Dips are a basic compound exercise that is one of the best (if not the best) for increasing total upper body mass and strength.
Preparation is key when working out at home because there are numerous ways to get the most bang for your buck while also minimizing the risk of getting hurt.
Because you’ll be putting almost all of your body weight on your shoulders, arms, and wrists during dips, it’s critical to make sure your grip isn’t too wide.
So, how wide should dip bars be apart?
The ideal width for freestanding dip bars is between 18 and 24 inches. You’ll have to consider what muscles you intend to target and your own body shape/size before making a decision.
Strengthening the triceps calls for a narrower grip closer to 18 inches; working the chest requires one that is wider by 24 inches.
The triceps, delts, lats, and traps get a good work out as well, making this one of the best pushing exercises for building upper body strength. The best part, however, is that you don’t need any special equipment to get started.
If you’re training at home, it can be even more difficult to figure out how to set the width and height of your dip bars because few people know how to do it correctly.
I’ll explain how to set up your dip bars in this article, as well as how to change it depending on the type of dip you’re making.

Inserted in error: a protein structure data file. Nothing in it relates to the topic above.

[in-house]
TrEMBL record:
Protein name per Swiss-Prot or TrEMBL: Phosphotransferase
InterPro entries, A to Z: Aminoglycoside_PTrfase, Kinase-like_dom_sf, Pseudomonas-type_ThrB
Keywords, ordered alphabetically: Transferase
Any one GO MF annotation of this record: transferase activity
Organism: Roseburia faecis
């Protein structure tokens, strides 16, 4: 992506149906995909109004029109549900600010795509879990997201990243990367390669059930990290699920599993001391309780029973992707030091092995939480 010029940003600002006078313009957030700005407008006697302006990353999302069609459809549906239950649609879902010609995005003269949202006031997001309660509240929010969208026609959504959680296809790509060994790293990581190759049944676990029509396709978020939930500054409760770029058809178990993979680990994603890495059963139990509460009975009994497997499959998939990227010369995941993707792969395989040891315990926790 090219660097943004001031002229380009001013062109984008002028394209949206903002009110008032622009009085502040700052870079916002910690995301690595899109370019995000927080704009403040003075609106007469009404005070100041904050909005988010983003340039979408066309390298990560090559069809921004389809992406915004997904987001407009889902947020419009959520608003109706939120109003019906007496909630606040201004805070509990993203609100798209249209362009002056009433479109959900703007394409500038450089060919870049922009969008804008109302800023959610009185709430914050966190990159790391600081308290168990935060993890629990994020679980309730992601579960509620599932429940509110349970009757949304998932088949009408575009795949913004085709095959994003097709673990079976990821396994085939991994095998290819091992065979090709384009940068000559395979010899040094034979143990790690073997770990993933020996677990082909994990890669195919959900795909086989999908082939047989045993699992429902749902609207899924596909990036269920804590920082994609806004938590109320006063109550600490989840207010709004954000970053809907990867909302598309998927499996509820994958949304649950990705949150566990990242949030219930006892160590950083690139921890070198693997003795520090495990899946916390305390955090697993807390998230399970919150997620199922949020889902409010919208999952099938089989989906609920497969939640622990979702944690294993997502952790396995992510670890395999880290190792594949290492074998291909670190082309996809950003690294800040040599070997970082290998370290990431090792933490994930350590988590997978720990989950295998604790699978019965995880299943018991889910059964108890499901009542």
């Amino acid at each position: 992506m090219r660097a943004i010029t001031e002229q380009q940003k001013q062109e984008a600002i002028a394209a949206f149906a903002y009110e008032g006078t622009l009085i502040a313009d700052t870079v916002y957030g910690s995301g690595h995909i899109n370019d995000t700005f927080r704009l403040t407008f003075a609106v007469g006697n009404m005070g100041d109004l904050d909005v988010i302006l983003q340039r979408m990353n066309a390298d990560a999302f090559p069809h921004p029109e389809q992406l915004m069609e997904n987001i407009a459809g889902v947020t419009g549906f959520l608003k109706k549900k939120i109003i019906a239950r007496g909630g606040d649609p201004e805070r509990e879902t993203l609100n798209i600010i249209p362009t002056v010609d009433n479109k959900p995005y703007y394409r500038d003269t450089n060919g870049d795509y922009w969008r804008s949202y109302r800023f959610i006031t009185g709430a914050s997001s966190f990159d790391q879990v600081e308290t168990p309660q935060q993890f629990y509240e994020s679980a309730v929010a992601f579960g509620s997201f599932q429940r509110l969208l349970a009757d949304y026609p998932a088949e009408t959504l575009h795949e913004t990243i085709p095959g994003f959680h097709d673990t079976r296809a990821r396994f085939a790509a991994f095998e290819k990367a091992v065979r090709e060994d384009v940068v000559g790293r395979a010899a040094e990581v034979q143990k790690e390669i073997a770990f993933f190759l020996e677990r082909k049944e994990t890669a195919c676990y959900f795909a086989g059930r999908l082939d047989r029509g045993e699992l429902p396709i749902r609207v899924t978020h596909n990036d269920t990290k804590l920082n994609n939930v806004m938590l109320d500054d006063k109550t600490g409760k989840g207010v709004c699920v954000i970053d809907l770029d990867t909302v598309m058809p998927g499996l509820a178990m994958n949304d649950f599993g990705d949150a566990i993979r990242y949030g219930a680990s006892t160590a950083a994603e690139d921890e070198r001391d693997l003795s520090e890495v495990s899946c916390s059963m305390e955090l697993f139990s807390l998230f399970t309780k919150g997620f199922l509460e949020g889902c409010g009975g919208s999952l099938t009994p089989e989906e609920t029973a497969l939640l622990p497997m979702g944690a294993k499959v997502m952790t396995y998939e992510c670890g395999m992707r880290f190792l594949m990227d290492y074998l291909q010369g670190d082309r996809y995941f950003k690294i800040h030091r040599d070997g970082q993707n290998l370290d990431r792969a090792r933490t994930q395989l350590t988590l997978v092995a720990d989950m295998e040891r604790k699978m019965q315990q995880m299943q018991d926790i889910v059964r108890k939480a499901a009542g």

How Wide Should Dip Bars Be Apart
Dip bars should have a recommended width of 18-24 inches, but this should not be taken as a rule of thumb.
However, it’s important to note that this is only an average. The width at which you should perform dips varies from person to person because it is a bodyweight exercise. Because of this, when doing dips at home, it is important to know how wide your grip should be.
You’ll want to use your own body to judge the distance, which is as easy as it sounds.
As previously stated, wide dips can be beneficial to your workout if done correctly. When you spread your arms out, the position of your elbows serves as a guide for determining the maximum width of your grip. Please keep in mind that this is the widest dip you should ever attempt.
You’ll want to use a shoulder-width grip for triceps-targeting narrow grip dips, but don’t overdo it. There are times when a narrow grip dip is ideal, but there are times when it isn’t, and that’s why it’s important to keep your upper body upright.
You don’t want to overextend when doing wide grip dips, so a grip that is slightly wider than shoulder width is ideal. Leaning forward is the best way to focus on the chest. This shifts your weight and center of gravity forward, putting more emphasis on the chest.
Because you don’t want to overcomplicate things, only two widths of dip bars should ever be used, typically ranging from 18 to 24 inches (though this can be more or less depending on each individual).
My Dip Bars: How High Should They Be?
How tall you are will determine the answer to this question, just as how broad your shoulders determine how wide your dip grip should be. At any height between 3 and 6 feet, as long as you can extend yourself through the full range of motion you’ll be fine.